• LCL freight service today

  • General discussion about railroad operations, related facilities, maps, and other resources.
General discussion about railroad operations, related facilities, maps, and other resources.

Moderator: Robert Paniagua

  by 2nd trick op
QB 52.32 wrote:
One "modern day" case study of how well railroad network economics meshes with LTL network economics was UP's late-80's purchase of national LTL trucking company Overnight.
I believe the company you're referring to is Overnite Transportation, formerly of Richmond, Va, and now part of UPS.

When I started my carrer in motor carrier transportation in the fall of 1972, Overnite was about halfway up the list of the top 100 truckers as listed by the trade organ Commercial Car Journal, and was considered one of the biggest success stories. However, most of the established truckers of the day (almost all of whom would fall victim to deregulation in about ten years), wouldn't inerchange with Overnite, since it was non-union. It was, at the time, subject to the same economic regulation and limits on its operating authority as its unionized competitors.

At the time of its acquisition by UP. Overnite still operated primarily east of the Mississippi and Missouri, and while I never was able to learn much about its operations, it seems likely that UP may have sought it primarily for delivery of intermodal traffic involving a UP rail haul. UP's sale of Overnite to UPS has a paralell in Fed Ex' 2001 acquisition of Harrison, Arkansas based American Freightways.

When I worked in package freight in 2008, UPS was the only one of the three major players which possessed enough "clout" to effectively use a rail-based network. Fed Ex grew out of a firm originally oriented around higher-value overnight shipments, with an air hub in Memphis as the central feature, and German-based DHL attempted unsuccessfuly to develop a domestic US operation as a feeder for the international business where it remains dominant. Both of the latter two ran highway-centered operations.
  by QB 52.32
Yes, thanks, I meant Overnite. If the sole intention was to deliver UP intermodal loads, seems like a strange marriage of a bricks-and-mortar LTL business with the different operation of delivering truckload-quantity intermodal loads, especially considering that alternatives existed and were utilized by other rail carriers. Whatever UP's operational (as opposed to financial) intentions, they apparently never quite materialized.

FedEx's highway-based ground package network comes from the legacy of their purchase of RPS (Roadway Package Service) and their system of utilizing non-unionized driver teams pulling twin or triple 28's. Tough for intermodal to penetrate given the cost and speed/reliability of the non-union teams.
  by Cowford
Otto, I was responding to your comments about the demise of lcl and that we'd all like to see express and lcl "return to the rails." If the discussion is supposed to be centered on the idea of bringing lcl back in its literal form, perhaps you should lock the thread as has been done with other pipe dreaming threads on this site! :-D
  by FormD
It seemed that OVERNIGHT as far as my experance shows did very little if any interchange with UP rail freight. I never saw there trailers on the rails
  by 2nd trick op
FormD wrote:
It seemed that OVERNIGHT as far as my experance shows did very little if any interchange with UP rail freight. I never saw there trailers on the rails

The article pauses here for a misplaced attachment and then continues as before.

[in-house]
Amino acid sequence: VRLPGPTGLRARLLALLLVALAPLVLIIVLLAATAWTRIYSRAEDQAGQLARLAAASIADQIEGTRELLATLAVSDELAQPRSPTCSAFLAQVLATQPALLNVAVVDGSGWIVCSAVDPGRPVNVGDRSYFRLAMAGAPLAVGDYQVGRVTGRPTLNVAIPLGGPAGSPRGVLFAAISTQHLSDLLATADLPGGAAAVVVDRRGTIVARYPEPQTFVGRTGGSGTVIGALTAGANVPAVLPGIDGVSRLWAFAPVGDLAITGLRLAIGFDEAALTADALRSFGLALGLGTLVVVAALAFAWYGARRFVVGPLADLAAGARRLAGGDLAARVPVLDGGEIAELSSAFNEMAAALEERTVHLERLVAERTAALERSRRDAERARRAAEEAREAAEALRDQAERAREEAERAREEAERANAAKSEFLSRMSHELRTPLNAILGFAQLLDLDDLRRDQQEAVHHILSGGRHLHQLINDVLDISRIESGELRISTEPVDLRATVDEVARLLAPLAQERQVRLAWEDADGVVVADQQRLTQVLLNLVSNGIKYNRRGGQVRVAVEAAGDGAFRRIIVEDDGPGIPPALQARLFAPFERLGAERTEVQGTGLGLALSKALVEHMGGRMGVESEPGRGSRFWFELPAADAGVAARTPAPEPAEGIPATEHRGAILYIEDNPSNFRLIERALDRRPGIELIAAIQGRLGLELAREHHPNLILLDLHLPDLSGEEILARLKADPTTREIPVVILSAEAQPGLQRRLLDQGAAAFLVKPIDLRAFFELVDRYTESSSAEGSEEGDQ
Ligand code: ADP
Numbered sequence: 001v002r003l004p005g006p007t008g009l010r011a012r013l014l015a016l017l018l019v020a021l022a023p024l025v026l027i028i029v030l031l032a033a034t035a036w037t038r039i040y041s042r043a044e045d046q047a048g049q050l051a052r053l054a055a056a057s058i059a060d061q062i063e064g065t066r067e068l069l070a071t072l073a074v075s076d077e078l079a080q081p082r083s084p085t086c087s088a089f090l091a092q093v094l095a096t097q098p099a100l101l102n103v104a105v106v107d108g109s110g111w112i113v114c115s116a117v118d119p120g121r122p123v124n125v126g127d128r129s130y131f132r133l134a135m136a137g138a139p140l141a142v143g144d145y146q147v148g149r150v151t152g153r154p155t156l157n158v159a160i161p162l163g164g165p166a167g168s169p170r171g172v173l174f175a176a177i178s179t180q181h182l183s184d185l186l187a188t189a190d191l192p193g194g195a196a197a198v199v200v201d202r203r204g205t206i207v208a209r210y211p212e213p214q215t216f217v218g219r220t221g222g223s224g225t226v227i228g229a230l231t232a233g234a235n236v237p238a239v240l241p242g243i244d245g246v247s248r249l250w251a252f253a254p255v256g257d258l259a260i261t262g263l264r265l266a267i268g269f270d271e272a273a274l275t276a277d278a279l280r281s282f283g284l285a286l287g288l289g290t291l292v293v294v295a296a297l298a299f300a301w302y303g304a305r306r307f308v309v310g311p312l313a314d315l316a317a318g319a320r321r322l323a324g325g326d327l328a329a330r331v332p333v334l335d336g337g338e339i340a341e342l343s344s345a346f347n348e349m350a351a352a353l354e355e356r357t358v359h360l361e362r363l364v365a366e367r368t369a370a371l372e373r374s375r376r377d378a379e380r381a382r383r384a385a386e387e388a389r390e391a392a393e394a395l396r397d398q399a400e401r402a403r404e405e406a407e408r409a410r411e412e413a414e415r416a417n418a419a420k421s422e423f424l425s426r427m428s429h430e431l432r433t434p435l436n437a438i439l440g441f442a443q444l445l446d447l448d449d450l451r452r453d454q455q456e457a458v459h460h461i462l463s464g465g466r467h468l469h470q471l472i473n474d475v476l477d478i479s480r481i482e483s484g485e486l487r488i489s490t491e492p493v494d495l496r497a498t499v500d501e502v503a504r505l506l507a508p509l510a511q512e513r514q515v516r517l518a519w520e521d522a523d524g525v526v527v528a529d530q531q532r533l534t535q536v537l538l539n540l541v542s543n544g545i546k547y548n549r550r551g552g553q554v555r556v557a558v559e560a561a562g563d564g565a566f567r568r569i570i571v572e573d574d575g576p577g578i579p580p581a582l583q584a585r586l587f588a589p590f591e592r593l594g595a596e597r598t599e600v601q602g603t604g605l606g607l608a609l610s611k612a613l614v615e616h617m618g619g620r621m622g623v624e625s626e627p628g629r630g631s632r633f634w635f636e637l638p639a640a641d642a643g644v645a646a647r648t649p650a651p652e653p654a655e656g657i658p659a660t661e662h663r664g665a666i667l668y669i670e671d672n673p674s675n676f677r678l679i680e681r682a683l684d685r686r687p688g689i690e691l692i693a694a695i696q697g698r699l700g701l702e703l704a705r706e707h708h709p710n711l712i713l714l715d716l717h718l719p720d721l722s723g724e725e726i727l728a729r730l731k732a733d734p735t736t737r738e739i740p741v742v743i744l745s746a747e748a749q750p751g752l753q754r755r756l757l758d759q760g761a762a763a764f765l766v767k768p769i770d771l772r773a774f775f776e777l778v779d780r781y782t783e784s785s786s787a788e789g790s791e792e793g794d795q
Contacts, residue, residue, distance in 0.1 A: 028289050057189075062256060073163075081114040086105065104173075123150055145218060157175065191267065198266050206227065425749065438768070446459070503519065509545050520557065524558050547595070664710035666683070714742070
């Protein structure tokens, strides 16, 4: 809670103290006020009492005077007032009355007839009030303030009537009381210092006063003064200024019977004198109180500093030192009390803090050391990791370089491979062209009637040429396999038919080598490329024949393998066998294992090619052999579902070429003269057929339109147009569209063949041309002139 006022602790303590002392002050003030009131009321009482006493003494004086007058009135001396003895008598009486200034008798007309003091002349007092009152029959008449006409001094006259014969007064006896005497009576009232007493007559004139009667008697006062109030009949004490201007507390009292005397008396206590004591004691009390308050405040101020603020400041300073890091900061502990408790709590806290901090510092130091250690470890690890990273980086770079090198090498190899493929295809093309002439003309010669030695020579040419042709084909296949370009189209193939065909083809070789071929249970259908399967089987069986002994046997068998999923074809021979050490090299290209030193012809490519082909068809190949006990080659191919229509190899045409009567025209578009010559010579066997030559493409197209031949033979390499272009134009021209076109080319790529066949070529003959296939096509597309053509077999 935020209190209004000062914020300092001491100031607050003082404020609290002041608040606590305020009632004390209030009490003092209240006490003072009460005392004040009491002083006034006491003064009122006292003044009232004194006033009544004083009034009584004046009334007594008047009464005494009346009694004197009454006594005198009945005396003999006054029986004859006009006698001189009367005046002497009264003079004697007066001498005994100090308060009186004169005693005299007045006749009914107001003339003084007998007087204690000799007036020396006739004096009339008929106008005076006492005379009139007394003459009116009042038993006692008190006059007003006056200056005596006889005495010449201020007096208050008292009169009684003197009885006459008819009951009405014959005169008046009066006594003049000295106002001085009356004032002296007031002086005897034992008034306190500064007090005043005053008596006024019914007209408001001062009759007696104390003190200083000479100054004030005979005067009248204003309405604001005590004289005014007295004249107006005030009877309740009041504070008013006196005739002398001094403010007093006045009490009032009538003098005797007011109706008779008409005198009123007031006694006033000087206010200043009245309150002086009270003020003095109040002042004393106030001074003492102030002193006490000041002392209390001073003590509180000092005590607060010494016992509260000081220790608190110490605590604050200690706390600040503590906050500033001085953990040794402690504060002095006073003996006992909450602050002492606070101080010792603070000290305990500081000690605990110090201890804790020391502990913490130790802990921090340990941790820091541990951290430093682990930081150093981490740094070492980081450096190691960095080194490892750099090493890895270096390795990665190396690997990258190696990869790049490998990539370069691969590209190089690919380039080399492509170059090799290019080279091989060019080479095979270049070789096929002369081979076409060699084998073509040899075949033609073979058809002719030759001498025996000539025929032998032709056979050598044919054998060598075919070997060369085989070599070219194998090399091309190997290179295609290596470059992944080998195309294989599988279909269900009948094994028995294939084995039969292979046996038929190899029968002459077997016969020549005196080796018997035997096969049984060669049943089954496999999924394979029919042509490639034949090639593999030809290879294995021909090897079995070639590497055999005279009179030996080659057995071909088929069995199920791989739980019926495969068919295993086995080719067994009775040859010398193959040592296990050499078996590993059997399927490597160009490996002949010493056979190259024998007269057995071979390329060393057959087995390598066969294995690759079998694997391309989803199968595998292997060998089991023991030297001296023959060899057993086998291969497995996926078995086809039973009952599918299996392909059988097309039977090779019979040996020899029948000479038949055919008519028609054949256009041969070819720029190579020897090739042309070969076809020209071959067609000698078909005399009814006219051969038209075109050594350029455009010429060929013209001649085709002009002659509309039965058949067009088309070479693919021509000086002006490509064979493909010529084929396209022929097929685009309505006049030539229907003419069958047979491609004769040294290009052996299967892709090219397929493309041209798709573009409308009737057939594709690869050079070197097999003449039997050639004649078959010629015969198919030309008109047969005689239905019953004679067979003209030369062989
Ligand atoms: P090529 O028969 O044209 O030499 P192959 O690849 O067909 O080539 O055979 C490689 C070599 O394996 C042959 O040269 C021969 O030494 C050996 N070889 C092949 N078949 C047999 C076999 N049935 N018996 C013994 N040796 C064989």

The equipment wouldn't necessarily have to have been involved. When I worked for DHL, shippers would sometimes send a trailerload or more of small shipments to our break-bulk facility as a truckload; we would then sort and deliver the individual packages. Or Overnite might take responsibility for a UP carload shipment broken down for delivery to several consignees, or the reverse.

Also, a lot of people topday are too young to remember when the vast majority of TOFC equipment was owned and identified as the property of the host railroads. Plan I TOFC (the moving of common-carrier truckers' equipment on TTX flats) never gained much of a following back in the 50's and 60's, in no small part because the area around the king pin of a highway trailer often couldn't take the stresses imposed in rail operation. I'm given to understand that those trailers underwent a major redesign in the 1990s when a lot of the traffic returned.

Another factor from the days when common-carrier trucking operated more like the railroads that's forgotten today was that the rigid definition of operating authority among the major players sometimes required the physical interchange of highway equipment. When I worked at the long-departed Jones Motor of the 1970's, we had authority to serve Chicagoland, the northern half of Ohio and a few counties in southeastern Michigan, but that left a lot of gaps, so a trailerload for Columbus or Dayton had to be handed off to local firms Duff and Suburban. Cooper-Jarret faced a similar problem serving Detroit, as did Branch Motor Express at Chicago.

In short, the days before deregulation made for some very interesting adaptations of a broader-based system.
  by David Benton
Perhaps that highlights one misperception about trucking , that it is door to door , one truck ride .
Here one of the benefits of trucking that was espoused when deregulation of transport was made , was the advantage of trucking over rail re door to door .
Yet nowdays , most road freight is picked up by a small truck , taken to a depot , transferred to a line haul , then transferred to a local delivery at the other end .
  by ExCon90
David Benton wrote:i would say this kind of traffic belongs on one railroad , Amtrak .
Amtrak tried that, and it seems that what mostly happened was they increased their costs and delayed their passenger trains adding and dropping freight cars. Movement of LCL traffic today requires through movement between intermodal terminals several hundred miles apart on schedules suited to shippers' requirements, independently of passsenger-train requirements. Traditionally, the type of shipments we are talking about were freight; they moved on freight rates in freight trains, as distinguished from express, which moved at higher rates in passenger trains, or, when volume justified it, in exclusive mail-and-express trains at passenger-train speeds. The "LCL" shipments of today are gathered and distributed over the road and move between intermodal terminals by rail. "Back in the day" the gathering and distribution were done on local freight trains, and those days aren't coming back.
  by Cowford
Perhaps that highlights one misperception about trucking , that it is door to door , one truck ride .
Are you talking about truckload or LTL? If LTL, I would imagine only the most naive would have the perception that the vehicle picking up their parcel/pallet would be the same vehicle delivering the shipment... unless it was cross-town. The era of deregulation made seamless truckload shipping. And there is relatively little LTL interlined between carriers anymore due to industry consolidation.
  by ljeppson